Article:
“Since that day I first sat in a sled and went on the ice, I was just hooked. Now, I’ve experienced more than I’ve ever experienced before, so it kind of changed my life."
Norway’s Thomas Jacobsen spent more than eight months in the hospital recovering from a floor hockey accident that left him a paraplegic.
Persuading him to join his country’s Ice Sledge Hockey team during that span proved to be quite difficult.
Rolf Pedersen of Norway, arguably the sport’s best player in history, approached Jacobsen in the hospital.
“You want to come play?” Pedersen asked.
“Nah,” Jacobsen responded. “It’s not for me.”
(Jacobsen admits he did not even know what Ice Sledge Hockey was at that point in time.)
Every day for the next seven months, Jacobsen received e-mails, texts and phone calls from Pedersen requesting his presence on the ice.
Finally, Jacobsen caved in.
“I got you. I get the point now,” he told Pedersen. “I’ll come join you guys and try it out.”
He did more than just try it out. At 24, he is now entering his fourth year as a forward with Norway’s national squad and second as team captain.
He will lead the way for Norway at the World Sledge Hockey Challenge from 27 November – 3 December in Calgary, Canada, where the top four teams from the Vancouver 2010 Paralympic Winter Games will face off.
“Since that day I first sat in a sled and went on the ice, I was just hooked,” Jacobsen said. “Now, I’ve experienced more than I’ve ever experienced before, so it kind of changed my life.
“I dedicate my whole life to the team and the sport, so it’s a full-time job.”
Norway’s Ice Sledge Hockey team trains full-time in Oslo and will face stiff competition in Calgary from Canada, Japan and the USA.
The Norwegians took bronze at Vancouver 2010 after veteran defenseman Eskil Hagen slapped the puck into the net for the winning score with just 3.6 seconds remaining in the third-place game against Canada.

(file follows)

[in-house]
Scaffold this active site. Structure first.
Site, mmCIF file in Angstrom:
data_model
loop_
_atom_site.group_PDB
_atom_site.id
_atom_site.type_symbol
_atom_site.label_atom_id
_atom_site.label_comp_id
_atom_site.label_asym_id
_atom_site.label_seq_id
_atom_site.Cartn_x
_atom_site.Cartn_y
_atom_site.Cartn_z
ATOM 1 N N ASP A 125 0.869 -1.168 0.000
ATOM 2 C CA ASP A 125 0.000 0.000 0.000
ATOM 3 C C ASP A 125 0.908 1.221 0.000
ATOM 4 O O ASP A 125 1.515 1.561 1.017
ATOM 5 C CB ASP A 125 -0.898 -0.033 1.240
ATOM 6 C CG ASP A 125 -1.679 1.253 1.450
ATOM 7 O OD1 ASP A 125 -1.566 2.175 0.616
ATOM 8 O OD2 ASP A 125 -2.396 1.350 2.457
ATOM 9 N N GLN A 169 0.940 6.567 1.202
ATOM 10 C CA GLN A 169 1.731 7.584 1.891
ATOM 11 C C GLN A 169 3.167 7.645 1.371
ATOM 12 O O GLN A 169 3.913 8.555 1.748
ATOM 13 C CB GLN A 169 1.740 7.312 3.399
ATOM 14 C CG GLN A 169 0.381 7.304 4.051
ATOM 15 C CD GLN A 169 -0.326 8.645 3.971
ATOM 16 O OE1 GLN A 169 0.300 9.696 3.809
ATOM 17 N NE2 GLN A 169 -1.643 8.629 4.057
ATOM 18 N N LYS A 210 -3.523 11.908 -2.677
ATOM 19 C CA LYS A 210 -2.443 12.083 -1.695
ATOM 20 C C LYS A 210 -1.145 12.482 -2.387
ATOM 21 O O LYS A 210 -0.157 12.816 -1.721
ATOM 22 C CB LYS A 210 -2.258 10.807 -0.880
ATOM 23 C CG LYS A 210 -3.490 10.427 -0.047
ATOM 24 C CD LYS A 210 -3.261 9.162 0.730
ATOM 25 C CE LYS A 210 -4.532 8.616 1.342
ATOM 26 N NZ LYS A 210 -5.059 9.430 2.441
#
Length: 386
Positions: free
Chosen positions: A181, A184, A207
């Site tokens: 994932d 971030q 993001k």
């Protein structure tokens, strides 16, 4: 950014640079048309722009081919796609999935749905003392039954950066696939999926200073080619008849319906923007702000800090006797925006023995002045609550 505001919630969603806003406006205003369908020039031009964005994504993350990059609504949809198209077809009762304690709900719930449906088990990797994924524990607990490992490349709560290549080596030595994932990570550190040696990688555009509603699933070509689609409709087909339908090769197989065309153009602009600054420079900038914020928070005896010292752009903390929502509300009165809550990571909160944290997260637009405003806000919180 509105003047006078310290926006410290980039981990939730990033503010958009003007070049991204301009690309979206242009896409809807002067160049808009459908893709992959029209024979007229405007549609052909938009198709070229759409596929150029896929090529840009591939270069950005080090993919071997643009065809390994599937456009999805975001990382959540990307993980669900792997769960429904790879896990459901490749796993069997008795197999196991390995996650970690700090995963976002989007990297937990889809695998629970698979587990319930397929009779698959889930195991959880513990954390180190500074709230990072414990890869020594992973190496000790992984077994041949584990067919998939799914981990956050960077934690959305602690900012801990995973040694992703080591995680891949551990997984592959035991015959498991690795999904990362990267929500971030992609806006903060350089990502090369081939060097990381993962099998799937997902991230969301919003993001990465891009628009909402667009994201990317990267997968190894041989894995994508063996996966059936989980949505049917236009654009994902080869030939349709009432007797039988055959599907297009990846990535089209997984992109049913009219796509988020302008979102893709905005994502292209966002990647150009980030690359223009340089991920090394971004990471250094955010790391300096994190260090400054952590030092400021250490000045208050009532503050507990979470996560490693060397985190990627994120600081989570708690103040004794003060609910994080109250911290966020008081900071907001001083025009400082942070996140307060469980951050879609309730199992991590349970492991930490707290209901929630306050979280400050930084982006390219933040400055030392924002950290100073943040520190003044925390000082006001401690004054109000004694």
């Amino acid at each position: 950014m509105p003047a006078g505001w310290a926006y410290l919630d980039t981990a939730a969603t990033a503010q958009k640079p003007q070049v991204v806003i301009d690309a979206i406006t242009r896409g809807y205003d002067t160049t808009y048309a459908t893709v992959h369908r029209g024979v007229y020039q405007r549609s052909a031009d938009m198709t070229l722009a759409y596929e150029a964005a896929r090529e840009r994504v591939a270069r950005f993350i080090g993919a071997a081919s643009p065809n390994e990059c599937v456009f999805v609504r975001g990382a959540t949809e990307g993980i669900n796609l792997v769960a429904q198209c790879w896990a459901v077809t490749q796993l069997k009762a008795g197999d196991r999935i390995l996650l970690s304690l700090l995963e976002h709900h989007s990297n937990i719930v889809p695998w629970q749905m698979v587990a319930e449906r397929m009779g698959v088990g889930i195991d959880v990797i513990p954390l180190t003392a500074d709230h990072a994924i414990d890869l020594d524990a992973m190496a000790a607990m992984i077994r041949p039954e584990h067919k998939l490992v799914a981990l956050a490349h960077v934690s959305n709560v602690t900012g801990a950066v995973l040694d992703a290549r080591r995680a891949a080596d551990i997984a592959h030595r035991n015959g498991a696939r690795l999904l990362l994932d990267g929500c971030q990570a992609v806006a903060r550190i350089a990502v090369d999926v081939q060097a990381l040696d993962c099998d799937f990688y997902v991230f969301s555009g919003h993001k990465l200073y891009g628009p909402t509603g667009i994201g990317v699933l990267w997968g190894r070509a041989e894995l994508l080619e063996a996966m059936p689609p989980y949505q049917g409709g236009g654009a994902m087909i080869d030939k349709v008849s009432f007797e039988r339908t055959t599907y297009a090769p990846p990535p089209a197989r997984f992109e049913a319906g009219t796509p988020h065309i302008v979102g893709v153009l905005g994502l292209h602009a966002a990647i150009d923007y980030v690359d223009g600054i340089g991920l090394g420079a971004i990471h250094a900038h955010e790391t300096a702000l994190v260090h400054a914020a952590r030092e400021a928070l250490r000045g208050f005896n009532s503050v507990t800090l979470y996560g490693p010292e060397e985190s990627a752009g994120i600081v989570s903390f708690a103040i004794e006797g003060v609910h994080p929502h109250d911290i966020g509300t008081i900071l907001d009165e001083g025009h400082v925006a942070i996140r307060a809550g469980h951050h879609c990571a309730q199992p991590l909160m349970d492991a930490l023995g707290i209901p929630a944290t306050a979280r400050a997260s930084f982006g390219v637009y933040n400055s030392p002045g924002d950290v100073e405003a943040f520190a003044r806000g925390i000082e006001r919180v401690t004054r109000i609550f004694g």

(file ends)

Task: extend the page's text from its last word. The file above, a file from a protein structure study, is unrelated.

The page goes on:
Norway will have plenty of veteran experience in Calgary with Hagen and Helge Bjornstad, who have been on the team since the Lillehammer 1994 Paralympics. Pederson will provide ample leadership, too, being that he has competed in four Paralympic Winter Games.
But remember, Jacobsen is Norway’s captain.
“There are people who have played almost as long as I’ve been living, so that was kind of awkward,” Jacobsen chuckled in reference to his role. “But I appreciate the honour.”
He leads the next generation of players in Norway – a group that also includes 23-year-old forward Audun Bakke and soon-to-be 16-year-old forward Magnus Bogle.
Bakke has been with the team since the Torino 2006 Paralympics, while Bogle’s first international competition was the 2011 European Championships. Because the International Paralympic Committee’s (IPC) rules state an athlete must be at least 16 to participate in Ice Sledge Hockey competitions, Bogle had to apply for an exemption to compete.
He will not turn 16 until the first day of the World Sledge Hockey Challenge.
In Calgary, Norway will look to better its second-place finish from April’s version of the event. Canada blanked Norway, 8-0, in the finals in London, Ontario, after already beating the Norwegians, 14-0, in the preliminary round.
“They were just better than us basically,” Norway’s Morten Vaernes said of Canada. “We were trying to analyze it too much afterward. They know that we don’t like to be tackled as much as they do, and they take advantage of that.”
Vaernes and Jacobsen both noted that Canada and the USA play a much more aggressive game, and that Norway and Japan prefer a softer, more agile style of play.
“The hockey here in Norway is more drilling and passing than just standing up with hard hits. But over in the Canadian league or the U.S. league, it’s a physical game dominating all over,” Jacobsen said. “It’s always a shock for us to come over there and play them, but we’ll get used to it.
“It’s just the name of the game. It’s hockey. What can you expect?”